Federal Deposit Insurance Corp. (FDIC) Acting Chair Martin Gruenberg spoke to the American Bankers Association on Monday with a directive: Climate change is already posing a risk to financial institutions today, and that risk will only get worse.
While he makes clear that the FDIC will not muddle itself in determining which firms and sectors banks should engage with — “The FDIC is not responsible for climate policy,” he said. “These types of credit allocation decisions are responsibilities of financial institutions” — he makes clear that banks should consider climate-related financial risks as they do other risks, and take the same risk-based approach “in assessing individual credit and investment decisions.”
This year, the FDIC established an internal working group to cultivate an agency-wide understanding of such risks, and in March issued a request for comment on draft principles that would deliver a framework for how to manage exposures to climate-related financial risks. That request is similar to the principles the Office of the Comptroller of the Currency (OCC) issued in December 2021, and while the FDIC’s comment period closed in June, comments are under review.
“[W]e are in the early stages of understanding and addressing climate-related financial risk,” Gruenberg said. “[We] need more and better data to more fully understand the exposures to these risks and for the development of methodologies to analyze them [and] we need more and better dialogue with our counterparts in the U.S. and international financial regulatory bodies, and especially with stakeholders throughout the banking industry.”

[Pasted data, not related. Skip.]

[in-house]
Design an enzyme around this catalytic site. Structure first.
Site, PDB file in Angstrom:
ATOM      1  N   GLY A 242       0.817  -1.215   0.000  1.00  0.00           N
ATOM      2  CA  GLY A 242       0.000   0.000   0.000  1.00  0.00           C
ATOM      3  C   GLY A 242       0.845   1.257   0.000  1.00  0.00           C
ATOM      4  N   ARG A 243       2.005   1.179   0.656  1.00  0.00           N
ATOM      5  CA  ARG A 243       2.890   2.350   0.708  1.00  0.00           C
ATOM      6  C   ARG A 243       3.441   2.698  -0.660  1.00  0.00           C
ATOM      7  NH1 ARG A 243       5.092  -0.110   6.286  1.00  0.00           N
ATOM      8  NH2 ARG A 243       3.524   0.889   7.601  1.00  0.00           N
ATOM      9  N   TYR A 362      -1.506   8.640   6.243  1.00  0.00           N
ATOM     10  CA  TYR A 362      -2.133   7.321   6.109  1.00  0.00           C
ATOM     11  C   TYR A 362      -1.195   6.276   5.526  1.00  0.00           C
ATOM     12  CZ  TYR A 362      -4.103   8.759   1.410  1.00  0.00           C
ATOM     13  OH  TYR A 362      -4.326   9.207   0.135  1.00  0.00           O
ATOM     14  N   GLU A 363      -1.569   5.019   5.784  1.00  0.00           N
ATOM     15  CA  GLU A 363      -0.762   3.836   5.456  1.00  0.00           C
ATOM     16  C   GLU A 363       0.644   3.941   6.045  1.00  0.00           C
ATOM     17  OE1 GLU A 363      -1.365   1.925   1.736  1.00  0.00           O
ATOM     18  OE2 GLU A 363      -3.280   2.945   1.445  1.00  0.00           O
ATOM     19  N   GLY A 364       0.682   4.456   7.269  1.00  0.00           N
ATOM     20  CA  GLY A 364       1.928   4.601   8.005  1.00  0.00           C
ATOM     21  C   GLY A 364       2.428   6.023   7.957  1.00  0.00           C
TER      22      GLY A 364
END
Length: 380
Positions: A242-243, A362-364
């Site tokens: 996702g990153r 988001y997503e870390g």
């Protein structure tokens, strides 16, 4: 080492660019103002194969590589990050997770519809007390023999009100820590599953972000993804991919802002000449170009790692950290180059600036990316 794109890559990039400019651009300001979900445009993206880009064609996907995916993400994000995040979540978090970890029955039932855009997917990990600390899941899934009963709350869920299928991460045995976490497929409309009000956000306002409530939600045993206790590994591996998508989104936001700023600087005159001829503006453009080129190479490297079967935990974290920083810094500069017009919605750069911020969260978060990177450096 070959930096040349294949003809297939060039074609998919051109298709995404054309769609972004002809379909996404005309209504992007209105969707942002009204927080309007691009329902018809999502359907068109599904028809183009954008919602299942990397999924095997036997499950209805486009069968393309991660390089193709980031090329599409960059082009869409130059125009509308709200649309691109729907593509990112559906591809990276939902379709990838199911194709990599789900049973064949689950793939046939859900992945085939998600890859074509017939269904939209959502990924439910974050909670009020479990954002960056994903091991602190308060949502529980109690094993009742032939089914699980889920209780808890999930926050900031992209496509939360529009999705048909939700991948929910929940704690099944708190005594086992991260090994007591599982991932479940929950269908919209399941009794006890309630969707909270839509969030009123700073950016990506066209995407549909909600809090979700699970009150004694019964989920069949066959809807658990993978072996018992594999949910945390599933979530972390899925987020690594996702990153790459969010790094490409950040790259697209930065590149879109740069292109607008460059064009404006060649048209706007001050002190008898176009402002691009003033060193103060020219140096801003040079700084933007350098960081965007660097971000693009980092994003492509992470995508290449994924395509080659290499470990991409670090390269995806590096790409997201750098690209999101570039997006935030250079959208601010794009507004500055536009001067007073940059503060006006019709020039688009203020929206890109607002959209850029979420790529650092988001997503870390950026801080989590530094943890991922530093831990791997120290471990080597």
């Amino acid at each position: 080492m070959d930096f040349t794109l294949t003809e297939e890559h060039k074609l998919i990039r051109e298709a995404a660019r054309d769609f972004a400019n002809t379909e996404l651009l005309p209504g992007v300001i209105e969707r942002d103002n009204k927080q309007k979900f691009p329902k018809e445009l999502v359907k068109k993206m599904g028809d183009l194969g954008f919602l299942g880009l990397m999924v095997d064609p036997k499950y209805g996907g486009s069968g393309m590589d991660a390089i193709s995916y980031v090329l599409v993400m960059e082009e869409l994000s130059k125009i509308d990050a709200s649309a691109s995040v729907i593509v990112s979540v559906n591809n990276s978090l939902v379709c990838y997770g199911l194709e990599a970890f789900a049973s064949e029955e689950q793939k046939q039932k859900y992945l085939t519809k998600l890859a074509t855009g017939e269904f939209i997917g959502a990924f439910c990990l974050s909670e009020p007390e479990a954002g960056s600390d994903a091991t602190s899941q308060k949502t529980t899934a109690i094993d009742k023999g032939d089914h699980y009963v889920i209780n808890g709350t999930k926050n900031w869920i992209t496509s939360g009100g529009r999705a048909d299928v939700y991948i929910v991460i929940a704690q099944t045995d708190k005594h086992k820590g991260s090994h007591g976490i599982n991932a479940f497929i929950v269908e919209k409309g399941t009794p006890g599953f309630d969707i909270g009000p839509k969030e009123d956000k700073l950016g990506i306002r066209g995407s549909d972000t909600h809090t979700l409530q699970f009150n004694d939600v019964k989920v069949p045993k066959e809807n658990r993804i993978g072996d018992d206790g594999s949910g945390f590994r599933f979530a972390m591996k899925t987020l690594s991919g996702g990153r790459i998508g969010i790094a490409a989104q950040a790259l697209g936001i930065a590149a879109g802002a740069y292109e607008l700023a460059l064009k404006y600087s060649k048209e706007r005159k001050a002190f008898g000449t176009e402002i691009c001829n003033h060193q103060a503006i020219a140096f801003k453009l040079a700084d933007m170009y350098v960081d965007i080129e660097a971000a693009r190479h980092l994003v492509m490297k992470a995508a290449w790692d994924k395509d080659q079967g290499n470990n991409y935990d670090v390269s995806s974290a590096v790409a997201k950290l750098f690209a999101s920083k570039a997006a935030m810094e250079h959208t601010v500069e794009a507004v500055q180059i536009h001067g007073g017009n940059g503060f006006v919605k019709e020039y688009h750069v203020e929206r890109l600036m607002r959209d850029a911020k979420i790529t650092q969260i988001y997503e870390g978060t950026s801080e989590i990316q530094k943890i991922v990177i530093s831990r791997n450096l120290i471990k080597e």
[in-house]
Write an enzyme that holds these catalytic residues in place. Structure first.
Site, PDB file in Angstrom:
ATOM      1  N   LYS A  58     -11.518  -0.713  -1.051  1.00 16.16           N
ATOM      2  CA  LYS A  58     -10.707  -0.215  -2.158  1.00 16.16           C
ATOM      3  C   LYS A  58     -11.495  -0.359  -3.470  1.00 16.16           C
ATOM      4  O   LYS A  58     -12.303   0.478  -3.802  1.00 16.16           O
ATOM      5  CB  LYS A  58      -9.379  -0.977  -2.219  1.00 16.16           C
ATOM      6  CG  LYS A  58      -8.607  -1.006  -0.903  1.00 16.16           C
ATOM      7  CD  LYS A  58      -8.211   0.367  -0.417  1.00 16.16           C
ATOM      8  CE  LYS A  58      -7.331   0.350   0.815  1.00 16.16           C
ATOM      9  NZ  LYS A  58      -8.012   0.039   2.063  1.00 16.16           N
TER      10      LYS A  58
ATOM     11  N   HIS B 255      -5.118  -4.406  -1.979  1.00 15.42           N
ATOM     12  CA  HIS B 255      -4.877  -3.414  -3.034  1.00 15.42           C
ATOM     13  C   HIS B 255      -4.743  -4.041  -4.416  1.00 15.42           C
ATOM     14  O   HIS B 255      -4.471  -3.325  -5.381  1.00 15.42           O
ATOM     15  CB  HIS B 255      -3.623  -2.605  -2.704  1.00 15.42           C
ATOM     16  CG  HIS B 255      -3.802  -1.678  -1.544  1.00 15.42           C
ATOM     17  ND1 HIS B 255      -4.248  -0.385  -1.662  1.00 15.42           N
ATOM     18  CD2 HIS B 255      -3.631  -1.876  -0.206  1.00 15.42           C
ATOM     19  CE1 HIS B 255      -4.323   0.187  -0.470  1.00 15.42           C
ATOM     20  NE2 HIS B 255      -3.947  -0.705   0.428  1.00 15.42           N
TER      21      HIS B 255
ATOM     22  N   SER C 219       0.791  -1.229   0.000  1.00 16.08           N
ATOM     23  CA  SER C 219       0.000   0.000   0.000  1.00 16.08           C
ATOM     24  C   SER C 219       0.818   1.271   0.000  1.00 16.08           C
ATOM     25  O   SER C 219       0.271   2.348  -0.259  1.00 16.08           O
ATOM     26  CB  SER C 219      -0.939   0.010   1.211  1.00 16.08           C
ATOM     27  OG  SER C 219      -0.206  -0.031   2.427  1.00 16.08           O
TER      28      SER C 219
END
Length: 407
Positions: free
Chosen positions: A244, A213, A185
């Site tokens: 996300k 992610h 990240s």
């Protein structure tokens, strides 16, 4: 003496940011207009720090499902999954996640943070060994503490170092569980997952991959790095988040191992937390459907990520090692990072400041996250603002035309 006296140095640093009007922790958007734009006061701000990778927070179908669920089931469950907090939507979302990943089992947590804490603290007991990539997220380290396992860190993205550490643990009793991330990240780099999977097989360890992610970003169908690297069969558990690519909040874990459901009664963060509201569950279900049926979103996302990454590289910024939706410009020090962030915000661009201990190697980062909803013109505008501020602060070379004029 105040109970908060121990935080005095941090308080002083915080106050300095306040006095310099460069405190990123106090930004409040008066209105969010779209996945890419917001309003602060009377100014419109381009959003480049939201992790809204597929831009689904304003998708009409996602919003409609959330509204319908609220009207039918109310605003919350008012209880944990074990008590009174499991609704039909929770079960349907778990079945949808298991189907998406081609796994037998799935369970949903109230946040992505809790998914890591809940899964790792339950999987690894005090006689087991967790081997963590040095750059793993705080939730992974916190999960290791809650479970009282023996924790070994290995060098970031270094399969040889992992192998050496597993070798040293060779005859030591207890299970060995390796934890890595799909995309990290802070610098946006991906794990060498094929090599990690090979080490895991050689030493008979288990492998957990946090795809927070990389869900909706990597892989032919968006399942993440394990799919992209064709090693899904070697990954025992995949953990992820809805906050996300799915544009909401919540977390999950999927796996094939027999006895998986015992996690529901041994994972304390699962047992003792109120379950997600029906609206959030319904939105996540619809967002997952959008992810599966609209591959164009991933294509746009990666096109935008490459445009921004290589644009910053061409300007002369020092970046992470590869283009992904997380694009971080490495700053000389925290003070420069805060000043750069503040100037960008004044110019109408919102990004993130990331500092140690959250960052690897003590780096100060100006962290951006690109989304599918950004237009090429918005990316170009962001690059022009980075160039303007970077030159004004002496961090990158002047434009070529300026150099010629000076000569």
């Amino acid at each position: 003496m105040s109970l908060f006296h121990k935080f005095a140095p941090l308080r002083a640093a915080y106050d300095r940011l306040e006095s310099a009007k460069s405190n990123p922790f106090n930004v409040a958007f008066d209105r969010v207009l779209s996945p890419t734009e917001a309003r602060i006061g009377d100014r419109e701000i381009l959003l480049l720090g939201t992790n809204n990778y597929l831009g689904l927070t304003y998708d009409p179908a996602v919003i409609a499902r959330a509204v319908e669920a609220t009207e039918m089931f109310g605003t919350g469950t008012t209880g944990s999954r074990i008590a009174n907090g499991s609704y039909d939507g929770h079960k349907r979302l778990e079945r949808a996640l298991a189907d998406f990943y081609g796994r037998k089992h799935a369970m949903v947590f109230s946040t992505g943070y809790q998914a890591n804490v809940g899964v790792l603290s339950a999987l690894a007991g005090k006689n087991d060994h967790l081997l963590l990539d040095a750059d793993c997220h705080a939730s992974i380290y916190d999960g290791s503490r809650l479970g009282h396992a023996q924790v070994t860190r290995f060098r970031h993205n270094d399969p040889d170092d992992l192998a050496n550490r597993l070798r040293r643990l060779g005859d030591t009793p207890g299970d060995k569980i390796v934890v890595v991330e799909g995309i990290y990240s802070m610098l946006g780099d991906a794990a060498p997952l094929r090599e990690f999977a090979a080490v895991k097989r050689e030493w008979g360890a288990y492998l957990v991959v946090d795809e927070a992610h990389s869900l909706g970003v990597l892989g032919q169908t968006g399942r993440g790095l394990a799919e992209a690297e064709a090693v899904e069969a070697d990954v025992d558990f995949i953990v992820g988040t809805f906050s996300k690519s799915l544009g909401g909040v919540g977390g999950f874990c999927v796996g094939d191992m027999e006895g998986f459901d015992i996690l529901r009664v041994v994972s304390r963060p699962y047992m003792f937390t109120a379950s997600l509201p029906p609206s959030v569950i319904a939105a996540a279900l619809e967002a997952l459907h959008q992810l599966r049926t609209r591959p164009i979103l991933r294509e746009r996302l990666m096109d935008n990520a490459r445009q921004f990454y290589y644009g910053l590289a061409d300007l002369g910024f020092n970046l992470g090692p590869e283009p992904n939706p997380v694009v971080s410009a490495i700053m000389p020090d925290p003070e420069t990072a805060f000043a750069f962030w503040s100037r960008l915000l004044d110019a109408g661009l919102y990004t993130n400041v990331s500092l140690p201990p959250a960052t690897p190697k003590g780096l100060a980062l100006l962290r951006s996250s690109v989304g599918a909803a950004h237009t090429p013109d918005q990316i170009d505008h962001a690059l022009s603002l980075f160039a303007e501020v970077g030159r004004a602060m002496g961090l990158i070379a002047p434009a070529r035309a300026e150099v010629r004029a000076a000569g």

Here are five major takeaways from his message Monday:
1. The pandemic was a wake-up call that financial crises won’t always come from economic developments or from within the financial system.
Historically, financial crises sprang from economic developments, as in the case of the Great Depression or the 2007-08 recession. The Financial Stability Oversight Council dubbed the COVID-19 pandemic “the biggest external shock to hit the post-war U.S. economy.” Gruenberg posited that the FDIC has “learned from the pandemic that exogenous shocks can have a profound impact on the economy and financial system,” mirroring the FSOC October 2021 report that stated “climate change will likely be a source of shocks to the financial system in the years ahead.”
2. Community banks may face greater climate-related risks than large banks.
While climate-related financial risk presents “unique, serious, and unknown risks” to all banks, Gruenberg said, some banks could have more concentrated exposures, likely due to geography. Over-reliance on insurance and government support in times of disaster is risky “as these may not be able to compensate for losses to the same extent as they have in the past, or could become more expensive,” he said
“This may stress the ability for smaller institutions to mitigate climate-related financial risk,” Gruenberg said.
However, “heightened exposures and increased uncertainty must not result in unreasonable expectations on the part of regulators,” he said. Like other areas of risk, regulator expectations will be based on a bank’s size and complexity, and they plan to leverage community banks’ experiences to develop cost-effective risk management approaches.